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The Debt

Joseph McAleer
Source: Catholic News Service

Sam Worthington and Jessica Chastain star in a scene from the movie "The Debt."
The spy thriller is alive and kicking in "The Debt" (Focus), a stylish—though frequently violent—remake of the 2007 Israeli film of the same name. Directed with flair by John Madden ("Shakespeare in Love"), "The Debt" follows top-rate actors across two time periods in a suspenseful game of cat-and-mouse that will keep mature viewers on the edge of their seats, guessing whether there's more to the central events than the official story recounts.

Thirty years after their secret mission in the 1960s to capture a Nazi war criminal, three Mossad agents—Rachel (Helen Mirren), Stephan (Tom Wilkinson) and David (Ciaran Hinds)—reunite to tell their tale in a new book. The details of their exploit are told in flashback by their younger selves, portrayed respectively by Jessica Chastain, Marton Csokas and Sam Worthington.

The trio became national heroes by tracking down and capturing Dieter Vogel (Jesper Christensen), the "Surgeon of Birkenau," a Josef Mengele-like monster who killed thousands of Jews, young and old, through viciously inhumane experimentation during the Holocaust.

Vogel is discovered practicing as a gynecologist in 1965 East Berlin. The agents lay a trap with Rachel as bait; she poses as a young bride with fertility issues. Their scenes together in the examination room are squirm-inducing, as Rachel faces the man who murdered—among so many others—her own mother.

Vogel is captured and detained in the claustrophobic apartment the agents occupy, as they await the unfolding of their plan to smuggle him to the West—and to justice. When the first attempt fails, and the delay becomes interminable, patience wears thin. A psychological game begins, with Vogel—the bald, unrepentant face of anti-Semitism—playing the agents off against each other.

Rachel, an emotional wreck, has her judgment further clouded by her romantic feelings for both Stephan and David. Toss in unresolved issues of loss, anger, revenge, justice and honor and you have a deadly mix ready to explode.

While the elements listed below preclude endorsement for all but well-grounded adults open to challenging material, "The Debt" will certainly keep them guessing right to the end.

The film contains considerable bloody violence, a disturbing portrayal of anti-Semitism, brief nongraphic premarital sexual activity and some rough language. The Catholic News Service classification is L—limited adult audience, films whose problematic content many adults would find troubling. The Motion Picture Association of America rating is R—restricted. Under 17 requires accompanying parent or adult guardian.

Joseph McAleer is a guest reviewer for Catholic News Service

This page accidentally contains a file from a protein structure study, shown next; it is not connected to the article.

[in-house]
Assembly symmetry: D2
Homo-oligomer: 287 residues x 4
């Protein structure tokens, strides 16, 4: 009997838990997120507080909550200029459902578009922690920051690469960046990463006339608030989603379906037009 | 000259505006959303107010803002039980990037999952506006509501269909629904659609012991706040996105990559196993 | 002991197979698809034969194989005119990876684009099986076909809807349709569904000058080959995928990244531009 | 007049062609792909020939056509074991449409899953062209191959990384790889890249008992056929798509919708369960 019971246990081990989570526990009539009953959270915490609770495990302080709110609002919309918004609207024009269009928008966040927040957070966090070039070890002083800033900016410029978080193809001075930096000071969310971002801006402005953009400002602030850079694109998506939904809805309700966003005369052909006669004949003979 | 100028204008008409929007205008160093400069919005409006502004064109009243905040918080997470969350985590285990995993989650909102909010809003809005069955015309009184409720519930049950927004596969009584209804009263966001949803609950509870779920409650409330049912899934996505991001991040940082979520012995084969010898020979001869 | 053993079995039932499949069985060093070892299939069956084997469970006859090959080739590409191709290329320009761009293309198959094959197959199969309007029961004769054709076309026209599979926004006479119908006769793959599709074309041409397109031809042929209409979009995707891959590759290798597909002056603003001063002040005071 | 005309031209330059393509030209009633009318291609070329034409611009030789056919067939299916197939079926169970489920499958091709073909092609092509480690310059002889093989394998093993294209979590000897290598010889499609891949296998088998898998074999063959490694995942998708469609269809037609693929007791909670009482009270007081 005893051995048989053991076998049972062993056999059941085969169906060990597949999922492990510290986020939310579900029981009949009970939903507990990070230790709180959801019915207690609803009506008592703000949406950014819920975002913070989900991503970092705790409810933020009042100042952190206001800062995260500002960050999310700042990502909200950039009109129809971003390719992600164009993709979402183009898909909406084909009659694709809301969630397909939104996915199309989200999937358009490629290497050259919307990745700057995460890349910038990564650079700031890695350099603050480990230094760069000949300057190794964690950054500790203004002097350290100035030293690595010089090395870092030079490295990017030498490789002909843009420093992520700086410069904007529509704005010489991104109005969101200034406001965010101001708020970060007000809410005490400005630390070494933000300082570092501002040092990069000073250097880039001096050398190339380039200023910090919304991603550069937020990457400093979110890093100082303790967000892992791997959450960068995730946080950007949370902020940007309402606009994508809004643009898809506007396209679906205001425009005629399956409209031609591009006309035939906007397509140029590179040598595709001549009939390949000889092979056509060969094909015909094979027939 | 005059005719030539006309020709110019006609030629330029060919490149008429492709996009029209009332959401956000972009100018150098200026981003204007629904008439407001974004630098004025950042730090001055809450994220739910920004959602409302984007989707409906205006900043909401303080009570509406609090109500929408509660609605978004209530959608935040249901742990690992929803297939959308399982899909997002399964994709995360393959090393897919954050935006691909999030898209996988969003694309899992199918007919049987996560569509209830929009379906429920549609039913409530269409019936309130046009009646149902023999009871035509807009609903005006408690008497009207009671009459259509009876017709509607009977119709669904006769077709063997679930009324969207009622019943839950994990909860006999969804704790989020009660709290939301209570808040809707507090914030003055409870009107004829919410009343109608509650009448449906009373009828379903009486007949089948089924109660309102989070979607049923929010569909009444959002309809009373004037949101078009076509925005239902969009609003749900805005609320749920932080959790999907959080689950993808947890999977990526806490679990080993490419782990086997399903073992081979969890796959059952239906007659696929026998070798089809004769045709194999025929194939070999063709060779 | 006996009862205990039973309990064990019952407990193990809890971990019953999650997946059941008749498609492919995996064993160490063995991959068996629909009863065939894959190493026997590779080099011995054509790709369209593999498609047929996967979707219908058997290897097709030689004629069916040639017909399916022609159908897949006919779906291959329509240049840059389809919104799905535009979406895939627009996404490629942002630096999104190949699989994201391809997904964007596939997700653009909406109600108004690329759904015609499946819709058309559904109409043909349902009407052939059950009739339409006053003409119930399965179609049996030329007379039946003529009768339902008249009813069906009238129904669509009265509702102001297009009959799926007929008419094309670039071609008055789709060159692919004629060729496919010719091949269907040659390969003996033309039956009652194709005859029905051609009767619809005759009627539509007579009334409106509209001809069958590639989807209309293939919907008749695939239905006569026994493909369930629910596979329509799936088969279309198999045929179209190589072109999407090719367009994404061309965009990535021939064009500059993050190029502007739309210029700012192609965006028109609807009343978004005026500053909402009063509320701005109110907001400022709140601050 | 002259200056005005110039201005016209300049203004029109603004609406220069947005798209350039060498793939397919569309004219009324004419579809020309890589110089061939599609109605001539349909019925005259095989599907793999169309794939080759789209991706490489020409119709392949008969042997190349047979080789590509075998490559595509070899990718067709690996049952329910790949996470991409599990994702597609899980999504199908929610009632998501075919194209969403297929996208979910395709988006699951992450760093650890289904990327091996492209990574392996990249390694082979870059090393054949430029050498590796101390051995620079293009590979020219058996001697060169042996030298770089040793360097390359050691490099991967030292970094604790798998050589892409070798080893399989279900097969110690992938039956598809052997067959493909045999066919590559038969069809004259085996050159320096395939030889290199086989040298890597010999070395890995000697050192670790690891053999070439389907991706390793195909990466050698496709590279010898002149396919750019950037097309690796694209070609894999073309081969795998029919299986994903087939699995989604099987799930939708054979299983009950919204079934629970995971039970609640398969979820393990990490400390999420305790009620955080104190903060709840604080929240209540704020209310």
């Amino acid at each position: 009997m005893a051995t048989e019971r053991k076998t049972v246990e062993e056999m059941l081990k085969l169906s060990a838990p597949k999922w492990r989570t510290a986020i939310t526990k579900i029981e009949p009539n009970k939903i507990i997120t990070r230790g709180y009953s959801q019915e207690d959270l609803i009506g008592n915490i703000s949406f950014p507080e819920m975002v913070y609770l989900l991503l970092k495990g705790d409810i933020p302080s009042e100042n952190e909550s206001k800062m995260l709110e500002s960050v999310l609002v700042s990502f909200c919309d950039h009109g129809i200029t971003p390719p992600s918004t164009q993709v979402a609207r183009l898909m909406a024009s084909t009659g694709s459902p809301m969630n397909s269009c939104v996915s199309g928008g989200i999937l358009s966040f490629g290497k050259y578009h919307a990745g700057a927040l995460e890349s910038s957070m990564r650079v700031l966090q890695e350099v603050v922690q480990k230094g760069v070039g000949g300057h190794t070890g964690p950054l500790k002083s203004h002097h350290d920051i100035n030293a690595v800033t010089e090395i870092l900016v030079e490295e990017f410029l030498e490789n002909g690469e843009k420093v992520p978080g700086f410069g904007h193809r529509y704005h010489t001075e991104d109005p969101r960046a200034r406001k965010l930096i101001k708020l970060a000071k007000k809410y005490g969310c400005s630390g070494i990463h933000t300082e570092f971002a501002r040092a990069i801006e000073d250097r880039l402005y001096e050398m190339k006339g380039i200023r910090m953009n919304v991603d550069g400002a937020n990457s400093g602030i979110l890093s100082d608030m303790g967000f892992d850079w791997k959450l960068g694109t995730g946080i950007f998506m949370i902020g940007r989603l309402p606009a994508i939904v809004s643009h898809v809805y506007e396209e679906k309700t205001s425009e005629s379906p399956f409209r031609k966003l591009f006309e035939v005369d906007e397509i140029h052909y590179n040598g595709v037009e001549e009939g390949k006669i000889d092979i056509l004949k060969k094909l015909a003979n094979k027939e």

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Charles de Foucauld: Born into an aristocratic family in Strasbourg, France, Charles was orphaned at the age of six, raised by his devout grandfather, rejected the Catholic faith as a teenager and joined the French army. Inheriting a great deal of money from his grandfather, Charles went to Algeria with his regiment, but not without his mistress, Mimi. <br /><br />When he declined to give her up, he was dismissed from the army. Still in Algeria when he left Mimi, Charles reenlisted in the army. Refused permission to make a scientific exploration of nearby Morocco, he resigned from the service. With the help of a Jewish rabbi, Charles disguised himself as a Jew and in 1883 began a one-year exploration that he recorded in a book that was well received. <br /><br />Inspired by the Jews and Muslims whom he met, Charles resumed the practice of his Catholic faith when he returned to France in 1886. He joined a Trappist monastery in Ardeche, France, and later transferred to one in Akbes, Syria. Leaving the monastery in 1897, Charles worked as gardener and sacristan for the Poor Clare nuns in Nazareth and later in Jerusalem. In 1901 he returned to France and was ordained a priest. <br /><br />Later that year Charles journeyed to Beni-Abbes, Morocco, intending to found a monastic religious community in North Africa that offered hospitality to Christians, Muslims, Jews, or people with no religion. He lived a peaceful, hidden life but attracted no companions. <br /><br />A former army comrade invited him to live among the Tuareg people in Algeria. Charles learned their language enough to write a Tuareg-French and French-Tuareg dictionary, and to translate the Gospels into Tuareg. In 1905 he came to Tamanrasset, where he lived the rest of his life. A two-volume collection of Charles' Tuareg poetry was published after his death. <br /><br />In early 1909 he visited France and established an association of laypeople who pledged to live by the Gospels. His return to Tamanrasset was welcomed by the Tuareg. In 1915 Charles wrote to Louis Massignon: “The love of God, the love for one’s neighbor…All religion is found there…How to get to that point? Not in a day since it is perfection itself: it is the goal we must always aim for, which we must unceasingly try to reach and that we will only attain in heaven.”   <br /><br />The outbreak of World War I led to attacks on the French in Algeria. Seized in a raid by another tribe, Charles and two French soldiers coming to visit him were shot to death on December 1, 1916. <br />Five religious congregations, associations, and spiritual institutes (Little Brothers of Jesus, Little Sisters of the Sacred Heart, Little Sisters of Jesus, Little Brothers of the Gospel and Little Sisters of the Gospel) draw inspiration from the peaceful, largely hidden, yet hospitable life that characterized Charles. He was beatified on November 13, 2005. American Catholic Blog You know, O my God, I have never desired anything but to love you, and I am ambitious for no other glory.

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